When word broke last week about a new book that cast Walter Payton unfavorably, Mike Ditka didn’t mince words about the author. “I’d spit on him. I have no respect for him. Pathetic. Despicable. It serves no purpose,” the former Chicago Bears coach said.
No wonder. Ditka called Payton the best ever. “He was a complete football player. He knew everything… You could do things with him that you couldn’t with other backs,” Ditka said in “The ’85 Bears: We Were the Greatest.” Ditka has plenty more to say with Rick Telander, starting with the Bears’ Super Bowl celebration. Then he takes you back to training camp where the journey began. It’s Ditka, so you know it can’t be dull.
Read this book because:
1. Whether the game was a romp or seized from the jaws of defeat, you’ll feel like you are re-living the ’85 season from preseason through the big game.
Two weeks after a close call in the season opener against Tampa Bay, the Bears again were desperate for help against Minnesota. Jim McMahon had just spent two nights in traction and was fighting a leg infection, but he would not let up on the sideline. “He was driving me crazy!” Ditka said. “Get away from me! I’m thinking. But he’s right there like a mosquito, just pestering me to death,” Ditka said. (82, ’85) McMahon got in and threw three touchdowns to rally the Bears and win an important game against a division rival.
Week 6 was what the Bears had been waiting for. San Francisco humiliated Chicago 23-0 in the 1984 NFC Championship Game. We’ll be back, they said. Sure enough, they returned to sack Joe Montana seven times, and the Fridge went on the offensive for the first of several times that season. In fact, it was the Fridge and not Payton who scored in the Super Bowl. Payton’s scoreless game was one of the coach’s few regrets.
2. Players share their memories of the championship campaign.
“It amazes me that we didn’t win four [Super Bowls.] We lost 11 games in four years and only won one Super Bowl,” McMahon said. (24)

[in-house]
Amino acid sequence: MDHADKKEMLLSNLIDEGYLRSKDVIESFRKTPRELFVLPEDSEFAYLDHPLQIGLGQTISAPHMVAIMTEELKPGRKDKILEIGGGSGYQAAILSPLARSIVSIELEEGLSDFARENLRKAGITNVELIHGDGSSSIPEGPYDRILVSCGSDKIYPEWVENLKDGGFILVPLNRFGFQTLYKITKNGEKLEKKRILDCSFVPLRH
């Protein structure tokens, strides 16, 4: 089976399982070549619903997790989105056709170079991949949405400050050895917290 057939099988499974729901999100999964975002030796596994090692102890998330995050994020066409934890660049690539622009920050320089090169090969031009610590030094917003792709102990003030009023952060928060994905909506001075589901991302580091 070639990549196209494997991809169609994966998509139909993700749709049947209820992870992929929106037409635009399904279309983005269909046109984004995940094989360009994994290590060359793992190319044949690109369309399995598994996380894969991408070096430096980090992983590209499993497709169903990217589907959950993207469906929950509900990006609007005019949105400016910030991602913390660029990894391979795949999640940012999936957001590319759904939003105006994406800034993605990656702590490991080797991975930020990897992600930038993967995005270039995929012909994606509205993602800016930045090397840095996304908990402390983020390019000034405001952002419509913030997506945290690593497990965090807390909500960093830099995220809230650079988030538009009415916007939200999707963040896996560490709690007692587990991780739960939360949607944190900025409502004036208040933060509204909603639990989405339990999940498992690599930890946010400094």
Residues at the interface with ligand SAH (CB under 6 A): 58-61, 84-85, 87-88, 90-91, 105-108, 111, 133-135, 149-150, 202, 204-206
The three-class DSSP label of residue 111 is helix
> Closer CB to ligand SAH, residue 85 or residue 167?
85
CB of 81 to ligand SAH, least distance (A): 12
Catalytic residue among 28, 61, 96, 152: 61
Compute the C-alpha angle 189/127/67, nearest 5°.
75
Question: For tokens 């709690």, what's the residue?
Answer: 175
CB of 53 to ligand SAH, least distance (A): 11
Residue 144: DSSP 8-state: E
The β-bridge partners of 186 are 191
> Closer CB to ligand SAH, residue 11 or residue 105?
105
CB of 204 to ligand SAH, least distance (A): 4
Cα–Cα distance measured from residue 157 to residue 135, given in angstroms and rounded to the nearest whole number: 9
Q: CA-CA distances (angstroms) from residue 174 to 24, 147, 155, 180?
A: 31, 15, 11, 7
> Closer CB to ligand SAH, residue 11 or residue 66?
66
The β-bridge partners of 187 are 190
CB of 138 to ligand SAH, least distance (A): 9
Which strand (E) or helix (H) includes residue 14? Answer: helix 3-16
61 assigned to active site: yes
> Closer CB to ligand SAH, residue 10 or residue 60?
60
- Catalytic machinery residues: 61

Steve McMichael was a Texan with a lot of heart, Ditka said. The future wrestler hunted rattlesnakes and said of the team’s ’85 season, “Listen, baby, we were vicious.” (156)
Kevin Butler’s future wife worried he was vicious in more than one way. Butler recalled, “The first mini-camp, I go up there after I’m drafted. I’m engaged to be married January 25. I walk out of that meeting, I get on the phone to Cathy, and I say, ‘Hey, we’ve got to change our wedding.’ She’s like, ‘My God, you’ve been up there four hours and you’ve already met somebody.’ I’m like, ‘No, I’m going to make the team and we’re going to the Super Bowl.’” (236)
You can’t forget the Fridge: I let them talk about [my weight]. I was happy then. I’m happy now. (100)
3. And then there’s ‘Da Coach to keep you reading from cover to cover.
“I was in a coat and tie and shades, and it was colder than frozen snot,” Ditka recalled about the championship parade. “All those people, and it was really, really cold. It would have been impressive if it was 80 degrees out, but 25 below? It showed what our team meant to the city of Chicago. To all the Grabowskis.
“See, Grabowski is the name I came up with for the players on our team, and it fit Chicago. It just symbolized that we were hard-hat guys. The other guys ride in limos. We ride in trucks.” (18)
By the end of the book, you’ll be doing the “Super Bowl Shuffle!”
Sam Miller is a graduate of the University of Illinois where he worked with various teams in sports information and received the Freedom Forum – NCAA Sports Journalism Scholarship for his achievements. At the University of Illinois, Miller regularly wrote feature stories about the football team. He has also served as communications intern for the Angels’ Triple-A affiliate. Prior to that, he worked as a communications intern for USA Basketball and as an associate reporter for MLB.com.